Rep. Baldwin Introduces Bill to Speed Up Ratification of the Equal Rights Amendment
On Tuesday, International Women’s Day, Wisconsin Representative Tammy Baldwin (D) introduced legislation designed to speed up the ratification of the Equal Rights Amendment (ERA).
The ERA is designed to explicitly prevent discrimination on the basis of sex. Congress passed the Amendment in 1972. Ratification by 38 states was required for the Amendment to become law, but the legislation fell three states short by the extended deadline of 1982.
However, because the deadline for ratification had already been extended from seven to ten years, this suggests Congress has the power to once again extend the deadline. Furthermore, Baldwin points to the 27th Amendment which deals with matters of congressional pay. It was ratified in 1992, 203 years after its initial submission.
The legislation that Baldwin has now introduced would specifically remove the deadline for ERA ratification and would state that upon ratification by three further states, the Amendment would be added to the Constitution.
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“The ERA is intended to ensure equality for women and men in all areas of society,” said Baldwin. “It is an immediate and decisive remedy to end sex discrimination in federal and state laws and provides a clear benchmark for judicial interpretation. Achieving equality and justice for all in the United States is fundamental to our democratic principles, economic recovery, and continued leadership around the world. The intent of my resolution is simple: a path to equality for all Americans,” Baldwin said.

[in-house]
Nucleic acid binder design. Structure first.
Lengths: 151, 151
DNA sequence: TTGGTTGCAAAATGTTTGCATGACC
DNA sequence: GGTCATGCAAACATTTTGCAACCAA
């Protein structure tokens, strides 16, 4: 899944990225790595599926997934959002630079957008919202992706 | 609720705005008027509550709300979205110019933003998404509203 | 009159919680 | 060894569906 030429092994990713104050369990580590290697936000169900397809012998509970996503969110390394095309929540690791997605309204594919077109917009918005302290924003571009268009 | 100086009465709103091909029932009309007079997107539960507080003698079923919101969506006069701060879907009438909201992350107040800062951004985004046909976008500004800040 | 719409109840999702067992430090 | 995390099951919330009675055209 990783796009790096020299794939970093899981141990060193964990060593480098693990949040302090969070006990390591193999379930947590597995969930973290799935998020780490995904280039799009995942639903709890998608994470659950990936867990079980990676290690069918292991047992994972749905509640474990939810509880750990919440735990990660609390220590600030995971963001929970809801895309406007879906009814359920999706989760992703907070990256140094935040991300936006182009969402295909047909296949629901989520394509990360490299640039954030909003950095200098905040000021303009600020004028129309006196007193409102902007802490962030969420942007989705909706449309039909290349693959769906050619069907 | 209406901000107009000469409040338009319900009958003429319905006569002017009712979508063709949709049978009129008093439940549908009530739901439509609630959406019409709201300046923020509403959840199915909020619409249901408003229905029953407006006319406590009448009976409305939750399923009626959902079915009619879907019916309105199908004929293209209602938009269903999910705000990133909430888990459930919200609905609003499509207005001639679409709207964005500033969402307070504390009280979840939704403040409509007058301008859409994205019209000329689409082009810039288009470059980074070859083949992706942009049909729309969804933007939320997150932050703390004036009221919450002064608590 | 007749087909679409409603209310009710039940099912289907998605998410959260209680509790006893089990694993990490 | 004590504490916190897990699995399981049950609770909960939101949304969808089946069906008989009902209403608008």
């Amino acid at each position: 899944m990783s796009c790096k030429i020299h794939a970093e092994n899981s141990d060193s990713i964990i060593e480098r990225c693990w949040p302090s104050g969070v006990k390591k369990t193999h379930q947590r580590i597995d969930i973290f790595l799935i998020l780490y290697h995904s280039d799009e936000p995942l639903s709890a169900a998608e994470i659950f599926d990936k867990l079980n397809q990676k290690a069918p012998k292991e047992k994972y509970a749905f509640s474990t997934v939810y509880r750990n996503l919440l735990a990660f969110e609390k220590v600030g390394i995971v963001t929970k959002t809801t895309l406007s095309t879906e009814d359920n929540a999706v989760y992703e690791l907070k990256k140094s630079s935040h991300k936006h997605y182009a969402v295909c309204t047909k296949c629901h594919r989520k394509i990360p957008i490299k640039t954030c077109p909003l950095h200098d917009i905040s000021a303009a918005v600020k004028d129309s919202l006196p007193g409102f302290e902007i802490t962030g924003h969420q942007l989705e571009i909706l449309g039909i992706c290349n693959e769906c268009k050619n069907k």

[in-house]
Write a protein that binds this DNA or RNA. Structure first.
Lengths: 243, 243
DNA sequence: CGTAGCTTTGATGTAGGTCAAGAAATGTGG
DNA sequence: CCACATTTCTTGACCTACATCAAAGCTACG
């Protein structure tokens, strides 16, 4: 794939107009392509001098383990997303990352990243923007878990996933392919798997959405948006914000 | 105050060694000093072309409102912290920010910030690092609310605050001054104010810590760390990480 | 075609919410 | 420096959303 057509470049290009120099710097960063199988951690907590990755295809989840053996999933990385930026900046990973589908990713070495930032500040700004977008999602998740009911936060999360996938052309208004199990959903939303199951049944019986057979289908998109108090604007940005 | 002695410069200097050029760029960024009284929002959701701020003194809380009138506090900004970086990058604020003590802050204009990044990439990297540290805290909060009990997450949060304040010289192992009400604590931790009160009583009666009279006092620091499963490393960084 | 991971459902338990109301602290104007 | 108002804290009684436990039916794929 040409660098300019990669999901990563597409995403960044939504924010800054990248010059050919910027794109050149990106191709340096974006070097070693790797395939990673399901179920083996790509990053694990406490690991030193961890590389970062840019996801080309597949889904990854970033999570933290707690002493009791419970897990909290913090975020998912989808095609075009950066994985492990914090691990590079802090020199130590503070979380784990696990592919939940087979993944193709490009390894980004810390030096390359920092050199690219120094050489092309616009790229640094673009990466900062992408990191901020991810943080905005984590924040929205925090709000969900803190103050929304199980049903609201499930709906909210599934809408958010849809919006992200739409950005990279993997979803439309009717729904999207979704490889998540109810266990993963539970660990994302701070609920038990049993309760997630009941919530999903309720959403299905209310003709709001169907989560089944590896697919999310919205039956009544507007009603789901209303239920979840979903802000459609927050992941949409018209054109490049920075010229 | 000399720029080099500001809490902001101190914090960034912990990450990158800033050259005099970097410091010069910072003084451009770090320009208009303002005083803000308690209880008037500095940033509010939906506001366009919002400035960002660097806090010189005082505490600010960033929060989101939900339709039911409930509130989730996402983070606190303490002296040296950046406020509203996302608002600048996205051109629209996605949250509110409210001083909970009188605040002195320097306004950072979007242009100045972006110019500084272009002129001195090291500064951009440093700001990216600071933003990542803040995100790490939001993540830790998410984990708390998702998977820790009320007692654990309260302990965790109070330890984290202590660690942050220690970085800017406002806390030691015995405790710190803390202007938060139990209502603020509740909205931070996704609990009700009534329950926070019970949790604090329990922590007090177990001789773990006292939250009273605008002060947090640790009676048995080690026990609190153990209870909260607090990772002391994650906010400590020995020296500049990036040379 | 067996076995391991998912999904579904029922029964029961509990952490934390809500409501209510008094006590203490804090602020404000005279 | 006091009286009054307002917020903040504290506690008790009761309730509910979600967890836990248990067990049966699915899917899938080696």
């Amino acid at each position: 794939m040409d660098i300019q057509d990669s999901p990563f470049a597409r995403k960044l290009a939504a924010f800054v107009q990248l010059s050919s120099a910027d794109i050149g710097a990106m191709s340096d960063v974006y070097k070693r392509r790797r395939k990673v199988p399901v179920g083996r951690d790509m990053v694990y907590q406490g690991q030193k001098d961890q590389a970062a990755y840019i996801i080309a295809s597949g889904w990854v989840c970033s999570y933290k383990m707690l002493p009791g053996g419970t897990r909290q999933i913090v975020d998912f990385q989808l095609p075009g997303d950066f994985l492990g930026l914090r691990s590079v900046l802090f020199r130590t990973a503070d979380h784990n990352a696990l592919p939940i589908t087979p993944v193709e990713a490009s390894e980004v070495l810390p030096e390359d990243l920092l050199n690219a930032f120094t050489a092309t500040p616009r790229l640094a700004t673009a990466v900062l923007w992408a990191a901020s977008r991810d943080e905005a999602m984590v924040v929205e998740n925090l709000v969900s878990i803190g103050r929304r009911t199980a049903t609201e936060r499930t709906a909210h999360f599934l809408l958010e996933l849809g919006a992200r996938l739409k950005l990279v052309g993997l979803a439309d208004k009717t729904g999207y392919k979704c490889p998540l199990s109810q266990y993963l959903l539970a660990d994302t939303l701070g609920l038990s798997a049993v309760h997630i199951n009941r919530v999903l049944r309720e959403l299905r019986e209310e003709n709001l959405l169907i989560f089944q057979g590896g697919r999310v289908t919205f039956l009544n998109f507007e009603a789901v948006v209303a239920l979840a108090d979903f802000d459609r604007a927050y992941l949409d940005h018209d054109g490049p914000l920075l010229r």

“With women comprising more than 50% of the workforce and serving this country on the fronts of two wars, it is time to end the discrimination based on sex that women still face in the United States,” said Jean Landweber, Wisconsin ERA Chair, United 4Equality. “I am proud of my Representative, Tammy Baldwin, for introducing this legislation to remove the arbitrary time limit that was imposed in1972 for ratification of the ERA. The time is right to achieve equality of rights by finishing what the brave women of the ’70s started,” Landweber said.
The 15 states still to ratify the bill include: Alabama, Arizona, Arkansas, Florida, Georgia, Illinois, Louisiana, Mississippi, Missouri, Nevada, North Carolina, Oklahoma, South Carolina, Utah, Virginia.
Notable of those is perhaps Virginia. The Virginia state Senate passed a resolution (SJ357) to ratify the ERA in February of 2011 but the House of Delegates companion bill (HJ640) was twice tabled in subcommittee.
The need for the ERA is perhaps best expressed by Supreme Court Justice Antonin Scalia’s recent statement saying that the 14th Amendment to the Constitution does not prevent sex discrimination and that a belief otherwise is a “modern invention.” While many would disagree with Scalia, this statement does “serve as an important reminder about the Court’s bitter divide on the issue of the scope of the 14th Amendment” as fellow blogger Jessica Pieklo wrote while commenting on Scalia’s argument.
For more Care2 coverage of International Women’s Day, click here.